$199 or less
Editor's Pick
Hotel Photo
Hotel G
No.A7 Gongtixilu
Chao Yang District
Beijing
China 100020
Tel: 86 10 6552 3600
hotel-g.com

The 110-room Hotel G, with its beaconlike, multi-hued windows, makes no bones about its flashy nature: The bordello meets boardroom interiors feature damask stenciled walls, burgundy velvet furnishings, outrageous crystal chandeliers, and mirrors everywhere. Sensual black-and-white photos and miniature Harley Davidsons by artists at the local 798 Dashanzi Art District create a 1960s Hollywood feel. Your room key provides access to several trendy nightclubs nearby, and on weekends, the French DJ Maxwell spins in the lounge at the hotel's restaurant, 25 Degrees, drawing Beijing's bright young things.

$199 or less
Editor's Pick
Hotel Indigo
585 Zhongshan Road E.
Shanghai
China 200010
Tel: 86 21 3302 9999
indigo.shanghai@ihg.com
www.shanghai.hotelindigo.com

Hotel Indigo in Shiliupu, south of the Bund, is perfectly placed beside the Huangpu River, with Yu Garden a stone's throw away. Indigo's 184 design-led rooms and public areas are decorated with Chinese art, porcelain, and bamboo, plus up-tempo imagery of local settings, such as the riverside and old city. It is popular with designers, architects, and artsy Chinese twentysomethings, plus travelers seeking a less generic stay than the Shanghai brand-hotel norm. The Char lounge's terrace on the 30th floor has excellent views of the skyline. Neat service touches include the Quay club lounge (not really a club at all, since all guests can use it), complete with iMacs, a library, and wicker pod seats. Both the gym and the seventh-floor infinity pool look directly over the river. In-room amenities include hardwood floors, complimentary Wi-Fi, large plasma TVs, and blue-and-white mosaic-tiled bathrooms, along with organic Ba Yan Ka La toiletries and locally sourced tea from nearby Hangzhou—Gary Bowerman

$400 or more
Editor's Pick
Hotel Photo
Hotel LKF
33 Wyndham Street
Central District
Hong Kong
China
Tel: 852 3518 9688
www.hotel-LKF.com.hk

Denizens of Hong Kong's perennially grooving Lan Kwai Fong neighborhood can slide off the bar stool and into these beds without missing a beat. While the lobby staff is more attractive than effective, the street-facing, glass-enclosed space features retro-chic decor with cushy loungers that let the ultrasocial clientele keep an eye on the surrounding scene. Walls are hung with works by China's hottest photographers, including Wing Shya and Patrick Lee. And you can detox over on-site yoga (or take off those stilettos for Chinese foot reflexology). In the 95 compact but comfortable rooms, Aeron chairs and oversize desktops aid those who plan to work between nights on the town. But the most important features are the well-insulated floor-to-ceiling windows that block noise from after-dark revelry. Book any of the rooms ending in 02–08 for spectacular views over Central District rooftops to the Hong Kong Harbor.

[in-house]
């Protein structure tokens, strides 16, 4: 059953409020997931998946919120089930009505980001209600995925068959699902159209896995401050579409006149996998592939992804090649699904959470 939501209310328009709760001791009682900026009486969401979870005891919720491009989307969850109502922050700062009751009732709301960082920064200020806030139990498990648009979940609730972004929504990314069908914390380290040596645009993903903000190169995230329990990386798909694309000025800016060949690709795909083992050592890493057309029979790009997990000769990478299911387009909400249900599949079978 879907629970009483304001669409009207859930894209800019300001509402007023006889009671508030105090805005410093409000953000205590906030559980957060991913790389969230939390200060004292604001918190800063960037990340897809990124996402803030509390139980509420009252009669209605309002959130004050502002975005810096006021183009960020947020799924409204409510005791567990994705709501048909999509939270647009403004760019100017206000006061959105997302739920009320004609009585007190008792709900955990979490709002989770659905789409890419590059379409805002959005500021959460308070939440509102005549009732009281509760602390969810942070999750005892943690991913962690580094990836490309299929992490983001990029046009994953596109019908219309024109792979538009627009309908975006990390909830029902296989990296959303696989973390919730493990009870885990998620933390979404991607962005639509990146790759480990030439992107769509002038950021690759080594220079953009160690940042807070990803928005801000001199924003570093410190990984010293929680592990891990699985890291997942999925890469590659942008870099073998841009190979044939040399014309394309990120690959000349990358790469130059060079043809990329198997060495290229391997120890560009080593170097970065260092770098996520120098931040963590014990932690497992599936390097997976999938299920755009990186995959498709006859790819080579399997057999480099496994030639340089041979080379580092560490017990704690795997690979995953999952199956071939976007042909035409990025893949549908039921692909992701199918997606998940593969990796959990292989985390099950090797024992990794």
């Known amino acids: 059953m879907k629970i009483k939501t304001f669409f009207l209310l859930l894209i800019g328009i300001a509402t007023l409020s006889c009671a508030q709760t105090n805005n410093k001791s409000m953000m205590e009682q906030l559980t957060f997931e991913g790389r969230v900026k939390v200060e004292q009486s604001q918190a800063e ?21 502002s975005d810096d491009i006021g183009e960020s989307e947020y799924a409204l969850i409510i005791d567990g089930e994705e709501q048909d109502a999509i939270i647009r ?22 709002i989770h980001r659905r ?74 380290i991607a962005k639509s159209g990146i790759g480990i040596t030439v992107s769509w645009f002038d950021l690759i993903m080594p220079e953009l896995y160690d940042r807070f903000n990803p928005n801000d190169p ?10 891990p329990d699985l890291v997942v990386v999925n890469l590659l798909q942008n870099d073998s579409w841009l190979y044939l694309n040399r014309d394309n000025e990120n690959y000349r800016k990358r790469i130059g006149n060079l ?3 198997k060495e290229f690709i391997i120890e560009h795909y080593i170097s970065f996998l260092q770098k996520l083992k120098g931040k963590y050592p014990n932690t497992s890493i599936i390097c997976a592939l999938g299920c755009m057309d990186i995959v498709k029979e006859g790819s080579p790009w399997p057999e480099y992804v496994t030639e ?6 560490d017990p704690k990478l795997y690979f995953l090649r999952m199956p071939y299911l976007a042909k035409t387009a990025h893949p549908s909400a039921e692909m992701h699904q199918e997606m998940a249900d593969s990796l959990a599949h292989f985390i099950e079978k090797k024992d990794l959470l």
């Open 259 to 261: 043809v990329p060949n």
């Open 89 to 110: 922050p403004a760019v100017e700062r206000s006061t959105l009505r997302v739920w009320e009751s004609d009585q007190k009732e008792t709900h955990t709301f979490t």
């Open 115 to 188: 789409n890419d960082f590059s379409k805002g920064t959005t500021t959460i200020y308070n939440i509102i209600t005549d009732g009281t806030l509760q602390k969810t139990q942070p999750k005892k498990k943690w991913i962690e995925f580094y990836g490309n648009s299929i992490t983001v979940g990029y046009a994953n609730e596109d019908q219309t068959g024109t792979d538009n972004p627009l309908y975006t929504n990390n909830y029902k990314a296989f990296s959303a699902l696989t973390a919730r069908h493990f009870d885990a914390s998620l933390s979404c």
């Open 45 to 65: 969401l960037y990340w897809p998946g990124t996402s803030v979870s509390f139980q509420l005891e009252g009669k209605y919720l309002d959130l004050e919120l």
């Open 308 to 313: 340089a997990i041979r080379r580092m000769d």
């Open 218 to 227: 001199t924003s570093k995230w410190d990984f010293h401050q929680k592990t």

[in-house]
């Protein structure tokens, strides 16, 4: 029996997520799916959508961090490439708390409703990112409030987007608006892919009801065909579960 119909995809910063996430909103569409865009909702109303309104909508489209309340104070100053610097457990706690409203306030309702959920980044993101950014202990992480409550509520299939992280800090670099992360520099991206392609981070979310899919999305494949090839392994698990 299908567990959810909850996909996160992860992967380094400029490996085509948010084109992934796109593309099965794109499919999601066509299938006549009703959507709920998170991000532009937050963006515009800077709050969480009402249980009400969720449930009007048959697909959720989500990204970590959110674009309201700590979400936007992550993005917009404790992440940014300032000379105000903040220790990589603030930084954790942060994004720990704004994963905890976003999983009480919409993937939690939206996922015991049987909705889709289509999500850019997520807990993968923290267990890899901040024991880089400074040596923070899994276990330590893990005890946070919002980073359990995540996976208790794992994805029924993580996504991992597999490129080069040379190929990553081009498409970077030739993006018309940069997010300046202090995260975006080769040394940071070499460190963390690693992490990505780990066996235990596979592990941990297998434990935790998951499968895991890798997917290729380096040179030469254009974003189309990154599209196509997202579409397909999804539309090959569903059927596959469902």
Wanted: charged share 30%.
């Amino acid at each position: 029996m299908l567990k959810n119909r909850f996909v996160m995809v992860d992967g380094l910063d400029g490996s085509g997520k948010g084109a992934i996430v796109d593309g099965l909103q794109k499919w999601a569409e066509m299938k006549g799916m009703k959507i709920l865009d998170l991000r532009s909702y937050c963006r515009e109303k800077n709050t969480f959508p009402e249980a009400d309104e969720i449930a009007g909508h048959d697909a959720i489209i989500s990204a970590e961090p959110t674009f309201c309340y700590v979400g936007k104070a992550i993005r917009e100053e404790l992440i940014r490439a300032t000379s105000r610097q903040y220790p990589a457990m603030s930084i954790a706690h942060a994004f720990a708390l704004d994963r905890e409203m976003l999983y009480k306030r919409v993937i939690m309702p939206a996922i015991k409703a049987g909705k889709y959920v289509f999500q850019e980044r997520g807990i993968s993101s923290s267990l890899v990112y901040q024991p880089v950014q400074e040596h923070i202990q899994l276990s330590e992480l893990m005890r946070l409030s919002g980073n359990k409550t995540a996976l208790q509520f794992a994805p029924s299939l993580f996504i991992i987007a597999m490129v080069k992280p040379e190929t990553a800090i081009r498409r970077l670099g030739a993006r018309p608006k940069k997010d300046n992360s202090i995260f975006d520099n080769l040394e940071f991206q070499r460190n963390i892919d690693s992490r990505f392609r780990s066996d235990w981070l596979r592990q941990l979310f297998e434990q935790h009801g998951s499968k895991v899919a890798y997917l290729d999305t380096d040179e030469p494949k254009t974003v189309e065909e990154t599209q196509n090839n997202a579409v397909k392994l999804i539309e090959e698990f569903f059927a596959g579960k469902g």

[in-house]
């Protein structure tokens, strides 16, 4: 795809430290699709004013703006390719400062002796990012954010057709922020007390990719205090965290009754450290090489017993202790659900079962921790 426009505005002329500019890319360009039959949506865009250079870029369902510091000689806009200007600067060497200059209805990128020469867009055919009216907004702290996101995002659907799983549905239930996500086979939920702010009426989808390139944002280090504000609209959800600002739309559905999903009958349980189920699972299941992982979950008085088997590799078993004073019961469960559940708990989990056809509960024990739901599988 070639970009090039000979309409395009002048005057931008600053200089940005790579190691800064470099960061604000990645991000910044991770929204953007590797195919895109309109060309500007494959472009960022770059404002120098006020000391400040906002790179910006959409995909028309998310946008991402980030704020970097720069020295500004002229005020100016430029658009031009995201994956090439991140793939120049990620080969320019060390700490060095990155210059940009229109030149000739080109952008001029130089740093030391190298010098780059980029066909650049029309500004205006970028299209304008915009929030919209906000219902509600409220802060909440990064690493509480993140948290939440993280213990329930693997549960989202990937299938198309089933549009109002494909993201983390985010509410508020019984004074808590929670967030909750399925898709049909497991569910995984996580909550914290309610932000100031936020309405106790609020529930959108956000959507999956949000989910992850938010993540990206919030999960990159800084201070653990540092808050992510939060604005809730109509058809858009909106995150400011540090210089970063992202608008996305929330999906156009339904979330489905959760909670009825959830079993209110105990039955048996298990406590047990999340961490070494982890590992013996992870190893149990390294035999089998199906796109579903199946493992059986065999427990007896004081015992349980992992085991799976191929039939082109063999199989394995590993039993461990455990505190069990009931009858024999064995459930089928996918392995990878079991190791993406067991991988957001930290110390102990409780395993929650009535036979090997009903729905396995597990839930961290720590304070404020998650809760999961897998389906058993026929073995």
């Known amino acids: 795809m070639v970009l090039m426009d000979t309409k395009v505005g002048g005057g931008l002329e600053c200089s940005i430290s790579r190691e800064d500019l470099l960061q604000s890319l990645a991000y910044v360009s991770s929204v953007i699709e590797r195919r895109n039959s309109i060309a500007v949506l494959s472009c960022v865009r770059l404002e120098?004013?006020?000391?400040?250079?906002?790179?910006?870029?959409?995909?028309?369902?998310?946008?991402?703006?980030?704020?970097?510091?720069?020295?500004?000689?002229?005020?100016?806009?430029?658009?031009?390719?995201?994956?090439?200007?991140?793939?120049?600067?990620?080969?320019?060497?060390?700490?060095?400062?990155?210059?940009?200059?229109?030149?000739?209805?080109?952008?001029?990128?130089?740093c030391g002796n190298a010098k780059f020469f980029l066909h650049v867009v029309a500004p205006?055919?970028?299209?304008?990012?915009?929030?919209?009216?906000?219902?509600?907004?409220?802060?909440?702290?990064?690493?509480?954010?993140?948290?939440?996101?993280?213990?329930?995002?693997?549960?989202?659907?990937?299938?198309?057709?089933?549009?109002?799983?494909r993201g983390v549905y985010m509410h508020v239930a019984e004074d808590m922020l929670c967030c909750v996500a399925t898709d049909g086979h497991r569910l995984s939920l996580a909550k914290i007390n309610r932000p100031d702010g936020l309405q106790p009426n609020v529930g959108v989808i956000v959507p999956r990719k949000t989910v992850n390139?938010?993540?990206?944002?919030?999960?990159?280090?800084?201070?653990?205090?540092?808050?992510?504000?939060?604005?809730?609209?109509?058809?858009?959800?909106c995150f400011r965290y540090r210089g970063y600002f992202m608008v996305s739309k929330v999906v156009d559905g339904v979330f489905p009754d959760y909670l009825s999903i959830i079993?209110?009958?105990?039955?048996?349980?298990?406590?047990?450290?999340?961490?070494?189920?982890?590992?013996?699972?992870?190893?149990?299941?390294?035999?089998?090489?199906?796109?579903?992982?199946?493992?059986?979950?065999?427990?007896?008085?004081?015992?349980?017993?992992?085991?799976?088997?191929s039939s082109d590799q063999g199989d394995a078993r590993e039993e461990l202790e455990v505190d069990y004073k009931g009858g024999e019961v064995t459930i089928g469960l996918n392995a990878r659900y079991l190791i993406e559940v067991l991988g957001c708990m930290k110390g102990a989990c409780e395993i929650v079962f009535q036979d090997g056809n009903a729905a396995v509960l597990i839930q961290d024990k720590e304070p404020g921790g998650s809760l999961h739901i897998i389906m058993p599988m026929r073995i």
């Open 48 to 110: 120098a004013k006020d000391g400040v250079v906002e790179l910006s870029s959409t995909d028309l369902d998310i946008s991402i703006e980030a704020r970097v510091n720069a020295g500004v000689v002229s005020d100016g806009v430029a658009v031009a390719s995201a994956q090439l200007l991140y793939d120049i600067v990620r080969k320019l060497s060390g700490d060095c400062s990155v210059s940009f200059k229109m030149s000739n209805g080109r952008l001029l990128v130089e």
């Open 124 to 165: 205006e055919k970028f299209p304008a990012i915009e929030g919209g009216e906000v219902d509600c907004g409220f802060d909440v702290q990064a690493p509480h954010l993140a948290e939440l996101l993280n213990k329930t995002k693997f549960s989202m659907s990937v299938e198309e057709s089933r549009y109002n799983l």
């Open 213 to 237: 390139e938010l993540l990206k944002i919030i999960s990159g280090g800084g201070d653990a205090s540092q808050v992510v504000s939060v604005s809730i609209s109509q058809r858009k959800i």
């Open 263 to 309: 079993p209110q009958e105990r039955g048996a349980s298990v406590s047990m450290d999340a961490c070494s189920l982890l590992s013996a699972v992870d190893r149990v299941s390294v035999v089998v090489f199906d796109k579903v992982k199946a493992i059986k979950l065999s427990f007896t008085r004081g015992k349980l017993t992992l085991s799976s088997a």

$300-$399
Editor's Pick
Hotel Photo
Hotel of Modern Art
Yuzi Paradise
Dabu Town
Guilin
China 541006
Tel: 86 773 386 7888
yuzile@yuzile.com
www.homarc.com

The first Relais & Châteaux hotel in China, the 46-room Hotel of Modern Art–HOMA Libre is nestled among unearthly karst mountains in the heart of the 1,350-acre Yuzi Paradise Sculpture Park, which is dotted with more than 200 contemporary works by artists such as Eberhard Eckerle and Allen Jones. This pyramidal hotel (sister to the larger, similarly art-oriented HOMA Sutra, also in the park area) feels light and airy, each room designed with futuristic furniture and objets d'art produced by artists in residence, while providing the modern necessities of flat-screen TVs, DVD players, and free Internet—some suites even have wine fridges. The service is exceptional: An English-speaking concierge greets you at Guilin airport, offering a complimentary cell phone so that he may be at your beck and call during your stay. A swanky spa stays open until 1 am, and staff are happy to arrange a private dinner inside one of the park's magnificent caves, complete with candles, musicians, and a man-made waterfall. Guests can enjoy a nightcap in the Moon Lounge and breakfast outside at the Woods Café as well as fine dining at its soon-to-open Asian-fusion restaurant, Lotus.